Geo-Political:

The Fed met last week and cut the Fed Funds rate, as expected:

Oct. 30, 2019 – The Federal Reserve cut its benchmark interest rate for the third straight meeting and signaled it may pause before further changes to monetary policy to see whether these easing steps are enough to sustain the economic expansion.

At the policy meeting on Wednesday, officials said they would lower the federal-funds target rate by a quarter percentage point, to between 1.5% and 1.75%.

In taking this action, the Fed cited “the implications of global developments for the economic outlook as well as muted inflation pressures.” In essence, these rate cuts are insurance against a recession.

Fed Chairman Jerome Powell said policy would remain steady as long as “incoming information about the economy was broadly consistent” with the Fed’s forecast of moderate economy growth, a strong labor market and inflation near the 2% target.

“We believe monetary policy is in a good place to achieve these outcomes,” Powell said. “We see the current stance of policy as likely to remain appropriate as long as incoming information about the economy remains broadly consistent with our outlook.”

https://www.marketwatch.com/story/fed-cuts-rates-for-third-meeting-in-a-row-signals-pause-2019-10-30

Another pressure on the Fed to keep interest rates low, and nobody talks about this, is the $23 trillion dollars in debt that that government is now carrying, which is now growing at one trillion dollars per year and projected to increase each year!  The budget item “Interest on the Debt” is already huge, and if interest rates increase, as portions of that debt mature and get refinanced at higher rates, the federal deficit will grow because of the cost to carry the debt.  That is not the Fed’s responsibility, it is the responsibility of congress and the president to operate sound fiscal policy, which they are failing to do.  Nobody cares about the deficit, until a problem comes along, and we can’t spend our way out of it because the total debt is already so large.  That would be very bad for the stock market.

Technical Analysis:

The market was up 1% this week to an all-time record high of 3067.

Technically the chart looks good, but this swing in the market is very near to overbought, and this year when the market has set new highs it has not pushed much higher from there.  RSI has almost reached overbought at 68 (70 is overbought), and is in a nice rising pattern.  Momentum shown by MACD at the bottom of the chart is rising and that’s positive for the short term.  The price action is clearly positive.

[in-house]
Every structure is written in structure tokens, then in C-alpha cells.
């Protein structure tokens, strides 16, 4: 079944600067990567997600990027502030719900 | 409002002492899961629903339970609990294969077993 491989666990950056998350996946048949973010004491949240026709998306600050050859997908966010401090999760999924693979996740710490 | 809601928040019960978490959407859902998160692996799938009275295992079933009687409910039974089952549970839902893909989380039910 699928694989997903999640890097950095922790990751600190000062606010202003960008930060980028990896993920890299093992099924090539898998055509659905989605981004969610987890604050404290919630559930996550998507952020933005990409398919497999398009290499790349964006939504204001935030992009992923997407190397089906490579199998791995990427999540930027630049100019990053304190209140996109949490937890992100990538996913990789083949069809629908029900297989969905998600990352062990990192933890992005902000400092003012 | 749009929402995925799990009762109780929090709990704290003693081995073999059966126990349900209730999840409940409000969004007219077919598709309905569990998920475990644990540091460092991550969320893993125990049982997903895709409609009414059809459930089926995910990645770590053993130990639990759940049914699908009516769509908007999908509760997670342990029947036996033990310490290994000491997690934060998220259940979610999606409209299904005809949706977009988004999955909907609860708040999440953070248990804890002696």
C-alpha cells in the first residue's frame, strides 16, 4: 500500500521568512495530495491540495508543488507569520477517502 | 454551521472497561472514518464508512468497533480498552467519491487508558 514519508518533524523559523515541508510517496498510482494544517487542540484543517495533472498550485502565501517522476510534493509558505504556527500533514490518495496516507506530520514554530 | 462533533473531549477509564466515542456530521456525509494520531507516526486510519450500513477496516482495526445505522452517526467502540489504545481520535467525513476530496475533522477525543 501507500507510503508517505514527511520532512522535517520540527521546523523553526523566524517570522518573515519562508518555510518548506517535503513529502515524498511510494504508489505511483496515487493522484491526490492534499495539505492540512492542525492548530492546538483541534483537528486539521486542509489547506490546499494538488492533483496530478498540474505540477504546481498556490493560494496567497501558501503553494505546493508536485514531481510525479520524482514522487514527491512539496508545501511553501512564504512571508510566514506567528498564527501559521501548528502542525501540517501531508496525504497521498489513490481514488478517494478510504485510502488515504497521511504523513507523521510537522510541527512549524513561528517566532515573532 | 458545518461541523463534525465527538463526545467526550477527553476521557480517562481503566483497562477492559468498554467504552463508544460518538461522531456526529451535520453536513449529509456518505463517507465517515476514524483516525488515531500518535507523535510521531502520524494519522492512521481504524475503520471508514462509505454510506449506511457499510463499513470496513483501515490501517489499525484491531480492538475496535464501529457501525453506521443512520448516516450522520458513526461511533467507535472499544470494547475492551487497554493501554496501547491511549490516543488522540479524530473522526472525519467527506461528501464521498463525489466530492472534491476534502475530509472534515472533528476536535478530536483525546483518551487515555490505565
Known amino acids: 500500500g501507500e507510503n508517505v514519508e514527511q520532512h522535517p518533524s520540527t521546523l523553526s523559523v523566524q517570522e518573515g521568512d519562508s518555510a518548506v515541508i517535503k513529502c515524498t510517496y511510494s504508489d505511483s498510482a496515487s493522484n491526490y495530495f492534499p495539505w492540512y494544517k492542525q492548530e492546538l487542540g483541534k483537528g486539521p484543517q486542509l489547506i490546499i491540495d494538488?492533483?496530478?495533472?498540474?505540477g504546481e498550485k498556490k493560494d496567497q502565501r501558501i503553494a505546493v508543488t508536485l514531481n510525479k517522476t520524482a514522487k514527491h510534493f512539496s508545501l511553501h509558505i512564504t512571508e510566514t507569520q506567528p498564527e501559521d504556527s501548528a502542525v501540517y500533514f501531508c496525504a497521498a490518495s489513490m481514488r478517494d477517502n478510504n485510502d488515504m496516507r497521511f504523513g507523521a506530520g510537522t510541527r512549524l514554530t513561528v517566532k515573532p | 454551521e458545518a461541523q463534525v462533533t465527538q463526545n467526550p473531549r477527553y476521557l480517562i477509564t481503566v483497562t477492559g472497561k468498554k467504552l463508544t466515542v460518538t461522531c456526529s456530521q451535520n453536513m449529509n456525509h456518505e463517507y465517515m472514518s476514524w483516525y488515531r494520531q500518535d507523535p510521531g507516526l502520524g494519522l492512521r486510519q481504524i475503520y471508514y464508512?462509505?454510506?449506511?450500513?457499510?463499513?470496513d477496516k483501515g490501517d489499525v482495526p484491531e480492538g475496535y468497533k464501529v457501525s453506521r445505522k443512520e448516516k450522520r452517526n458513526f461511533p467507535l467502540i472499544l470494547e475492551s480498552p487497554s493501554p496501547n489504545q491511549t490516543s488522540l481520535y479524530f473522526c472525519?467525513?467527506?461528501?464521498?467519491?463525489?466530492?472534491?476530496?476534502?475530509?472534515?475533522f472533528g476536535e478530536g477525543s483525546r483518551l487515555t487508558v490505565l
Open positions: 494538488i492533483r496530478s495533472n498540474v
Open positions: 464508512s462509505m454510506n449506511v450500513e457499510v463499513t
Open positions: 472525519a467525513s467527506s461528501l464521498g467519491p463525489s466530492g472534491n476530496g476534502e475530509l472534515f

The nature of a bull market is that when it gets overbought, it can get more overbought and remain overbought for weeks or months before a correction occurs.  That tends to happen earlier in bull market cycles.  This bull market is 10 years old, and recently when it has gotten overbought, that has not persisted for weeks or months.  That makes me cautious.

2019 11 02

Click THIS LINK to open the chart in a separate window.

What am I doing?  Fortunately I did my buying in late Sept. and early Oct. and last week I did my first “sell into strength”.  I sold my SPY and kept my individual stocks, since most of them have covered call options sold against them, expiring 11/15.  Right now, it looks like my BMY will be called.

They say “buy low and sell high” and it’s not that easy to do.  You have to get into a reverse psychology from the majority of investors who get excited when everything looks good, and they tend to buy into overbought markets and suffer from the following correction.  Then they get scared in the following correction when it is a big one and they sell when the market is low.  That is the opposite of what the professionals do.  The market is high, so I have started selling into that strength, then I’ll wait for a correction and try to buy back in when the market is lower.  Nobody can pick the absolute top of the market, so when you begin selling into strength, the market will probably go a little higher.  That can be frustrating to see the stocks you just sold continue higher.  But, when the correction comes and you can buy back in at a lower price than where you sold out, it feels pretty good then.

If you enjoy these updates, please tell your friends and family who are interested in the stock market about this blog.

Your comments and questions are always appreciated, so feel free to comment using the “Leave a Comment” feature just under the title of the post, or send me an email, my address is on the “About” page at the top of the blog.

You can use the hyperlink below the chart of the S&P that will open a larger picture of the chart in a separate window.  The reader who suggested this wants to look at the chart side-by-side with the blog text so he can look at the chart while reading the text.  To do this in Firefox you can open a “private window” from the browser menu and have two instances of Firefox up, then size each window to about half of your monitor size.  If you bookmark the link to the chart you can look at it each day of the week to see how the market is progressing to certain milestones.  The picture in this post is a static .jpg so it does not update, but if you bookmark the link to the live chart on stockcharts and look at that daily, it does update.

Rich Comeau, Rich Investing